Tuesday 5 June 2018, 7.30pm
Fresh Klang: Oliver Coates, solo cello, performs Gate, gate by Alexia Sloane
Neil Luck & ARCO perform Live Guy Dead Guy, (UK premiere)
Neil Luck (voice, objects)
Adam de la Cour (voice)
Chihiro Ono (violin)
Benedict Taylor (viola)
Video by Anders Bigum with Neil Luck
Instrumental chamber music performed by
Galya Bisengalieva (violin)
Robert Ames (viola)
Oliver Coates (cello)
Eliza McCarthy (piano)
Tom McKinney (banjo)
Oliver Coates is a cellist, composer and producer based in London. He has performed solo shows in China, Russia, Brazil, Egypt and Australia, and made his New York debut at Le Poisson Rouge. He was the winner of the Royal Philharmonic Society Young Artist Award 2011 and is an Artist in Residence at the Southbank Centre. Two major commissions premiered in 2017: HELIOTONES, for girls' choir, flutes, cello and electronics, for Borealis Festival, and Shorelines, for string quartet and electronics, for Cryptic at Operadagen Rotterdam.
In 2016 Coates released a solo record, Upstepping, on PRAH, and a collaborative record, Remain Calm, with Mica Levi on Slip. He works closely with Levi, London Contemporary Orchestra, Elysia Crampton, Jonny Greenwood and the visual artist Lawrence Lek, for whom he has scored the award-winning video pieces Unreal Estate and QE3. He has conceived and programmed the Southbank Centre’s long-running Harmonic Series and its first DEEP∞MINIMALISM festival in 2016, which featured Pauline Oliveros’ last public Tuning Meditation.
Laurie Spiegel (born September 20, 1945 in Chicago) is an American composer. She has worked at Bell Laboratories, in computer graphics, and is known primarily for her electronic-music compositions and her algorithmic composition software Music Mouse. She also plays the guitar and lute.
Spiegel was seen by some as a pioneer of the New York new-music scene. She withdrew from this scene in the early 1980s, believing that its focus had shifted from artistic process to product. While she continues to support herself through software development, Spiegel aims to use technology in music as a means of furthering her art rather than as an end in itself. In her words, “I automate whatever can be automated to be freer to focus on those aspects of music that can’t be automated. The challenge is to figure out which is which.”
Spiegel’s realization of Johannes Kepler’s “Harmonices Mundi” was chosen for the opening track on the “Sounds of Earth” section of the golden record placed on board the Voyager spacecraft in 1977. Her piece called Sediment was used in the cornucopia scene of the 2012 movie The Hunger Games.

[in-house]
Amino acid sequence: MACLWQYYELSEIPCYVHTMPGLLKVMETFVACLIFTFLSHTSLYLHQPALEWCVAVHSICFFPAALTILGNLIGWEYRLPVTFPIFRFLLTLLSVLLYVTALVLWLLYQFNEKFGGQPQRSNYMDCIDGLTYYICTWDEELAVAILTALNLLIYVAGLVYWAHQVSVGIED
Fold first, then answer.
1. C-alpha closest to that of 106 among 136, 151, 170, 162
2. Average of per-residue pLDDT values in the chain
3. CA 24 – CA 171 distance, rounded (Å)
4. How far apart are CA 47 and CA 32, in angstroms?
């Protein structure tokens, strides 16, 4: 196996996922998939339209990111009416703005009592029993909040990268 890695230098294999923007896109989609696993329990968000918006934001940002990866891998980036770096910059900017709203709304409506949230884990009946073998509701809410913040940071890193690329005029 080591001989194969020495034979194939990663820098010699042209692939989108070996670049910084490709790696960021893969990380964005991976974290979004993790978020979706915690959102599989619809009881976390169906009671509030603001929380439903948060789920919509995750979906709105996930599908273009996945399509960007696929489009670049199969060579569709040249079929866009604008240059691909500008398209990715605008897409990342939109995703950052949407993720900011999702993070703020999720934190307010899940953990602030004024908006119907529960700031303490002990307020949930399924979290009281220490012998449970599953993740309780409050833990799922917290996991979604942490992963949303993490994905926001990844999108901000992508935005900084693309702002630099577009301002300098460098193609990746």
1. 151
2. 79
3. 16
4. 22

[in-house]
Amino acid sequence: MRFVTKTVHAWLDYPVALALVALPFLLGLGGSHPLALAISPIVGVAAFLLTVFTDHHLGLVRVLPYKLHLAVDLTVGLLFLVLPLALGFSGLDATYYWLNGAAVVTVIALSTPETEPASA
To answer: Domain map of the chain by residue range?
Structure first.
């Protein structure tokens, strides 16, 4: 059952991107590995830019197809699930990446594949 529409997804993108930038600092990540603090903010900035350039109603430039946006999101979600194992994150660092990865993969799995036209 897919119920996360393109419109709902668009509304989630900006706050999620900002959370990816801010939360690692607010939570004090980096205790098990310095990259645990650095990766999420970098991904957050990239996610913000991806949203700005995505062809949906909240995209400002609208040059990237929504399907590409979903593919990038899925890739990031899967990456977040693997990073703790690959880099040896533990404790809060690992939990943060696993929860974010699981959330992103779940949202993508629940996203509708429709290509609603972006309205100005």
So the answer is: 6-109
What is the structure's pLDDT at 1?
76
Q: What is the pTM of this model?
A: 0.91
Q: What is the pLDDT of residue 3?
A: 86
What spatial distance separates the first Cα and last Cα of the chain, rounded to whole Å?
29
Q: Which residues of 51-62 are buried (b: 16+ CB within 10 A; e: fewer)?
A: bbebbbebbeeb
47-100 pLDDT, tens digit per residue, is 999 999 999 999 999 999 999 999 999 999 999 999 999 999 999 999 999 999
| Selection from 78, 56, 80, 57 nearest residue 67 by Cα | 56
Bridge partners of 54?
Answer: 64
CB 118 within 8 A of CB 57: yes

Neil Luck is a composer and performer and director based in London interested in live performance, fallible bodies, the pathetic, theatre, the esoteric and the unesoteric. His music is concerned with sound, of course, but resonates with other live and fine arts practices. As a curator and producer Neil has organised a number of events and festivals which reflect his interests in performance, collaboration, and questions of taste.
He founded the experimental music ensemble ARCO, and co-founded the artist cooperative and net-label squib-box with Adam de la Cour and Federico Reuben.
Live Guy Dead Guy is generously supported by the Hinrichsen Foundation and the Arts Council England
Born in 2000, Alexia Sloane is a synaesthetic British composer. Between 2016 and 2018, she was a First Study Composer at the Royal College of Music Junior Department and a Second Study Flute, one of 6 composers with the National Youth Orchestra of Great Britain as well as one of 4 composers with the Britten Sinfonia Academy. She was an Aldeburgh Young Musician in 2015-2016 and a member of the National Youth Recorder Orchestra. In 2017, she was declared the overall winner of the Royal College of Music Junior Department Composition Prize as well as one of the seven winners of the Royal Philharmonic Prize and Classic FM 25th Birthday commission. She was highly commended in the BBC Proms Inspire Competition with her piece Longing for Equinox, written for the St Catharine’s Girls’ Choir (Cambridge). In 2015, she was the first female composer to win The Cambridge Young Composer of the Year Competition. Her commissioned piece, Vigil For Gaia, as a result of winning the competition, was performed by the Phaedra Ensemble at West Road Concert Hall in Cambridge in October 2017 as part of the Cambridge Festival of Ideas. Her commissioned piece by the Royal Philharmonic Society and Classic FM, Elegy for Aylan, was premiered in October 2017 at St George’s Hall in Liverpool by members of the Royal Liverpool Philharmonic Orchestra, conducted by Clarke Rundell and broadcast on Classic FM. The themes of Alexia’s compositions are nature, philosophy and psychology. She also enjoys exploring the setting of texts from a wide range of cultures and languages. Her method of composing is very strongly imagining the pitches she wishes to be played or sung both melodically and harmonically away from any instrument. She writes the pitches down in Braille music and then dictates them to an amanuensis. The use and effect of silence in music fascinate her, perhaps as a result of her love of Buddhism. Alexia’s pieces have been performed in the following venues: West Road Concert Hall in Cambridge (by The Hermes Experiment, Britten Sinfonia, The Ligeti Quartet, Dr Sextet and The Phaedra Ensemble) as well as at Great St Mary’s University Church, Cambridge, Jesus College Chapel, Emmanuel College, St Catharine’s College Chapel, King’s College Chapel, the Guildhall, the Fitzwilliam Museum, the Tate Modern, the Southbank Centre, Handel House, Snape Maltings, The Royal College of Music, St George’s Hall (Liverpool) and further afield, in Melbourne, Australia. (wikipedia)